Night of the Moonjellies

Night of the Moonjellies

4.5 2
by Mark Shasha
     
 

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Seven-year-old Mark saves a jellyfish on the beach in the morning and helps all day at his grandmother's seaside refreshment stand. After closing, they go out in a fishing boat, and Mark pours out his jellyfish to join the thousands of moonjellies in the nighttime water.

Overview

Seven-year-old Mark saves a jellyfish on the beach in the morning and helps all day at his grandmother's seaside refreshment stand. After closing, they go out in a fishing boat, and Mark pours out his jellyfish to join the thousands of moonjellies in the nighttime water.

Editorial Reviews

Publishers Weekly - Publisher's Weekly
This beautifully illustrated picture book debut evokes the fullness of a New England childhood through descriptions of a single summer day. Seven-year-old Mark is helping at his grandmother's seaside hot dog stand, purveyor of ``the best lobster rolls in New England.'' He finds ``something that felt like jelly'' on the beach, but further investigation is postponed by the hubbub at the stand: ``Fries crackled. Cheeseburgers sizzled. `More rolls!' called Uncle Al. `Rushing through!' Gram said, carrying a kettle of clam chowder up front. `Low on straws!' Rollie shouted. I hurried to fill the box.'' When the busy day ends, Gram and Mark take a boat out to sea, where Mark sees an oceanful of shimmering white lights--moonjellies--and returns his to the water. The text offers a wide range of tones, from soothing to stimulating, but the book's greatest strength lies in its artwork. Shimmering blues and greens suggest the iridescence of the tranquil night sea; vibrant reds and oranges capture the harried humans. A strongly atmospheric work. Ages 4-8. (Aug.)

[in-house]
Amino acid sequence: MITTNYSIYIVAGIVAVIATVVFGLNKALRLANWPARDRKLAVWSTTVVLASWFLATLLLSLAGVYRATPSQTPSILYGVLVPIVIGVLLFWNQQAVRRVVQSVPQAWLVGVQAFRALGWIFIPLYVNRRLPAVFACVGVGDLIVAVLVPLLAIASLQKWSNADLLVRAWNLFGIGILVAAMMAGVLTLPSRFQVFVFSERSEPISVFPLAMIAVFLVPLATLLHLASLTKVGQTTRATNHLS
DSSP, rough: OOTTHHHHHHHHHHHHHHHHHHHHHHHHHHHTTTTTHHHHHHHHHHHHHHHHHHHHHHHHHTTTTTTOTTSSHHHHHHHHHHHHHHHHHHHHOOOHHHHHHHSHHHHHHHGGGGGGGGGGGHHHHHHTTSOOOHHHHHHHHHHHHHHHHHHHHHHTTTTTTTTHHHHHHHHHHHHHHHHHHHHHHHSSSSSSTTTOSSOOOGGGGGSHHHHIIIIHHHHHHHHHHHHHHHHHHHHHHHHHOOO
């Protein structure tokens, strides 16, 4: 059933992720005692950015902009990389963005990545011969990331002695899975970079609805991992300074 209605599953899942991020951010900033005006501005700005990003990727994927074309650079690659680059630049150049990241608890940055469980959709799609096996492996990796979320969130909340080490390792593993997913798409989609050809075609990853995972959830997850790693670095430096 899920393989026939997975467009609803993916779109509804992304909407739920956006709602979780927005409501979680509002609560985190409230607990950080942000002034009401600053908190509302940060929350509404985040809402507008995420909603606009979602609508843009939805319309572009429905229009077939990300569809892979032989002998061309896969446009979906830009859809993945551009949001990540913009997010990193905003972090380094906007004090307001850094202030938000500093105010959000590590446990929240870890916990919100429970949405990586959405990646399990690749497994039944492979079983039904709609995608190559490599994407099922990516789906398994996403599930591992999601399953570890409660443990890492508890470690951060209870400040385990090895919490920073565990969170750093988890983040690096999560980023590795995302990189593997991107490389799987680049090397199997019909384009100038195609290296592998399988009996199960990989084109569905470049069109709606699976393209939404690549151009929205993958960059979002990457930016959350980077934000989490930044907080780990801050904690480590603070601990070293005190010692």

School Library Journal
PreS-Gr 2-- On his way to help grandmother and relatives at a seaside hot dog stand, seven-year-old Mark stops on the beach to pick up a small jellylike substance that he places in a bag of seawater. A moonlight ride with Gram on a fishing boat takes them out on the ocean where thousands of moonjellies shimmer, and the boy slips his treasure back among them. Based on a childhood experience in New England, Shasha's narrative is full of small details that illuminate the story but don't impede it. His rich pastels combined with the text create a strong sense of place and time--the warmth of family relationships, the quiet companionship of the boy and his grandmother, the cheerful hard work and hustle-bustle of the concession stand, and the magic of the glowing sea. His use of light, shadows, and darkness in the luminous full-color double-page spreads invite readers right into the story. Unfortunately, neither the text nor the jacket notes identify exactly what a moonjelly is. Despite this omission, it's a strong debut. --Marge Loch-Wouters, Menasha Public Library, WI
Deborah Abbott
A nameless child finds a jellylike blob on the seashore and saves it in seawater. When he gets to his grandmother's seaside hot dog stand and shows her his treasure, she promises to explain about it later. All day long the family members work together to fix burgers, chowder, sodas, and lobster rolls for their hungry customers. Then the workers clean up and get ready for the next day. The boy and his grandmother jump aboard the boat "Periwinkle", with the jelly blob intact, and head out to sea. Gram tells the boy he has found a moonjelly (a kind of jellyfish), and the boy releases it into the sea to join hundreds of others. The water is ablaze with floating, glowing moonjellies. The rich, textured paintings are a splendid medium for this solid family story. The carnival atmosphere of the hot dog stand is nicely balanced with scenes of the boy and his grandmother enjoying the peaceful beauty of the nighttime sea. Warmth spreads from cover to cover in the deep colors and carefully painted images of the artist's brush.

Product Details

ISBN-13:
9780671775650
Publisher:
Simon & Schuster Books For Young Readers
Publication date:
08/01/1992
Pages:
1
Age Range:
9 - 13 Years

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